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Monday, January 8, 2018

Making a pond live


India is blessed with ponds. In last 30 years, so many have been made for irrigation and livelihood purposes.

In our ecosystem, we also incorporated ponds – one to get fresh water for bees, animals and birds. (Note- now we don’t believe in ponds as a source of water, as a good idea or investment; for that one needs large trees).

I soon realized the problems with such ponds –
1.       If the sub-soil is not black cotton, it takes many many years, even upto 7 to 10 for the seepages to go away.
2.       Before the seepage gets over, the walls start developing water channels and tunnels. Typically walls need rework before 2nd year, and thereafter.

3.       Most importantly, even after restricting human pollution, the pond is not able to support aquatic life naturally. Even if fed unnaturally from top, the return on fishing is very less, as they have no place to hide for breeding or extreme sun or cold.

Hence, ponds start getting used for commercial crops, but they are not meant for that and don’t hold so much water. So eventually they become a bone of contention amongst farmers. The same story is repeated village after village and pond after pond.

So once we made our private ponds, and discovered the above problems, I started thinking and reading.  God sent many knowledgeable folks to guide.

As a first, step we planted vetiver (khus), kantkari on the sides and top of the walls. That had miraculous effect. The walls stopped eroding with rains and water channels. In addition, the seepage slowed down significantly.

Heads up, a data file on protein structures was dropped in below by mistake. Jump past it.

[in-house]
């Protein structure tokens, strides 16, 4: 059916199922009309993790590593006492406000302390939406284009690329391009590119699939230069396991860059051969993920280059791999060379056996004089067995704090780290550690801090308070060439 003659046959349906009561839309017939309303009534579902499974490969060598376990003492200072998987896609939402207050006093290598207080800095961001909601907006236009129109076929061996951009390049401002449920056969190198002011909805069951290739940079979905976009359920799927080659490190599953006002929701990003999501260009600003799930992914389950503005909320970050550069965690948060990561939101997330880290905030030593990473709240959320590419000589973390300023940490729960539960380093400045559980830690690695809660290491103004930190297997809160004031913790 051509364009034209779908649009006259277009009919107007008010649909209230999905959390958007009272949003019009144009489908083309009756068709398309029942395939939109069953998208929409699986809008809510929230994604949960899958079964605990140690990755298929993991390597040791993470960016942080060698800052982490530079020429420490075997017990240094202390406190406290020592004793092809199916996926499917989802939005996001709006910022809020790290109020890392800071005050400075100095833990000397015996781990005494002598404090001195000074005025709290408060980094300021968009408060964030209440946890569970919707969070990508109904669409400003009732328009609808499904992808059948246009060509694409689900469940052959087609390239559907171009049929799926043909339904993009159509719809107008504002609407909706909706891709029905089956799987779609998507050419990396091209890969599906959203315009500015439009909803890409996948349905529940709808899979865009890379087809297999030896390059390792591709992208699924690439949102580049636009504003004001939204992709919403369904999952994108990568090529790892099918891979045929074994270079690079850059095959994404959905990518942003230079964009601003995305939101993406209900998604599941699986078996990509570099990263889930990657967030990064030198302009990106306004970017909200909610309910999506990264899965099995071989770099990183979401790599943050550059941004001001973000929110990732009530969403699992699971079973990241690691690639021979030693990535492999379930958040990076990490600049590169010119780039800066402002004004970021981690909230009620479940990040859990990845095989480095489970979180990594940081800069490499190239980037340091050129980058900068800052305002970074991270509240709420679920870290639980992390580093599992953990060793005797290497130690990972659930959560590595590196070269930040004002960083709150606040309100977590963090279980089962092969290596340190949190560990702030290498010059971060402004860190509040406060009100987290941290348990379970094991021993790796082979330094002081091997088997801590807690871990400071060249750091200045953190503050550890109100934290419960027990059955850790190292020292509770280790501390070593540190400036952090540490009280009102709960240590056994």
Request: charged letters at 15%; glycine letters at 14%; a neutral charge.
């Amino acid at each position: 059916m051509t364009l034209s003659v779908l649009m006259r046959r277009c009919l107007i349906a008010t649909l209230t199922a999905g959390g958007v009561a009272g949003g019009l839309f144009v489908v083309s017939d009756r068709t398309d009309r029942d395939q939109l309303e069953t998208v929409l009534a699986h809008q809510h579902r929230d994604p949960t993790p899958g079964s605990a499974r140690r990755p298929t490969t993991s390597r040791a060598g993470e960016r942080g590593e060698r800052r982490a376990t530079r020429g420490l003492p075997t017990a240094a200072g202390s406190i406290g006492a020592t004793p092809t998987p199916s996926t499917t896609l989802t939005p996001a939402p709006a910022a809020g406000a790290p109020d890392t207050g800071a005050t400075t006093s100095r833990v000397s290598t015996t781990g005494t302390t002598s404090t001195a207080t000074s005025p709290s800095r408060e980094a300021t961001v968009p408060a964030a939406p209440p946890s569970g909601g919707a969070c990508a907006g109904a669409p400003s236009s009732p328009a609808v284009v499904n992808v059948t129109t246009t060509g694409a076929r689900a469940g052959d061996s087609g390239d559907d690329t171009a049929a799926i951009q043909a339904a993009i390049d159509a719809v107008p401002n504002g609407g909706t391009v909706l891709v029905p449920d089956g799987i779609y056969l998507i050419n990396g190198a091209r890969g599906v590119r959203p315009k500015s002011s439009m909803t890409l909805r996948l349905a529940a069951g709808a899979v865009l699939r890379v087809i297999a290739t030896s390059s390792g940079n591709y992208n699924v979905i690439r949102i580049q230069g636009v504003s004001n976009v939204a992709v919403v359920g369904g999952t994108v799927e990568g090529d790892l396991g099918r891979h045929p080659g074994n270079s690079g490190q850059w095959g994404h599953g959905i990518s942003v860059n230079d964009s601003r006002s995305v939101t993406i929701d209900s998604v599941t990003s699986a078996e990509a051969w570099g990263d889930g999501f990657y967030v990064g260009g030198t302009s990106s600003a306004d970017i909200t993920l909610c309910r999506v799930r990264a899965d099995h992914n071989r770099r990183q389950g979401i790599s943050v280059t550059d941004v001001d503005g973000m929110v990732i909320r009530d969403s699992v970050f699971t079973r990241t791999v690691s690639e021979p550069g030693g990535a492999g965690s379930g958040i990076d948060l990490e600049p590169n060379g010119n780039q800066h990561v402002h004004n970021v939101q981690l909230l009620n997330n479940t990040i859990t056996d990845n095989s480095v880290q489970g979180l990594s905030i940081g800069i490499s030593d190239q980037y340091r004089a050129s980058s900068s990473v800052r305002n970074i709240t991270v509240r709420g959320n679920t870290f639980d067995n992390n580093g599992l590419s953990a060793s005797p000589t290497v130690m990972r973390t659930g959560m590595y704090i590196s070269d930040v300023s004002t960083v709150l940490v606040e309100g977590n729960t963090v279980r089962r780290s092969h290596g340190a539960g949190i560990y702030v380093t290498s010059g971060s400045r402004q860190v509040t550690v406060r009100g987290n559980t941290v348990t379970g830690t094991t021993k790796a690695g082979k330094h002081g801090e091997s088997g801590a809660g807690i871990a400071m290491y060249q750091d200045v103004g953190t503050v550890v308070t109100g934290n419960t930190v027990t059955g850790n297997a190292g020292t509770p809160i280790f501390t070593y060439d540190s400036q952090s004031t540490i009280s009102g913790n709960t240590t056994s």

Next step, we planted tap rooted and other trees, roughly 5 to 10 feet away from the walls, all around. It took 2 years to make an observable impact, but seepage was down to a trickle. I knew in an year the soil itself will take care of the remaining seepage.

While following the above step, we planted some moringa, subabool etc on purpose, so that their leaves can become fodder to pond life later on.
Now our two problems were solved or within sight of solution – that of side erosion and of seepage. 

Next we had to work on creating underwater ecosystem.
Surprisingly, after trying many things, the one that worked best was planting Besharam on the sides. It remained green even in summers with little water, and provided shelter and tunnels for the fish to breed. Then alongwith Besharam, we planted Lotus stems.

Earlier, we had tried lotus stems on barren pond but they didn’t succeed. But now alongwith Besharam they did!

These plants also allowed birds and bees to easily drink water. I am optimistic that birds and bees are also giving something back to the pond life.


So we had a water purifying plant also, and that too a commercially costly one. Now we are able to leave fishes in the ponds.

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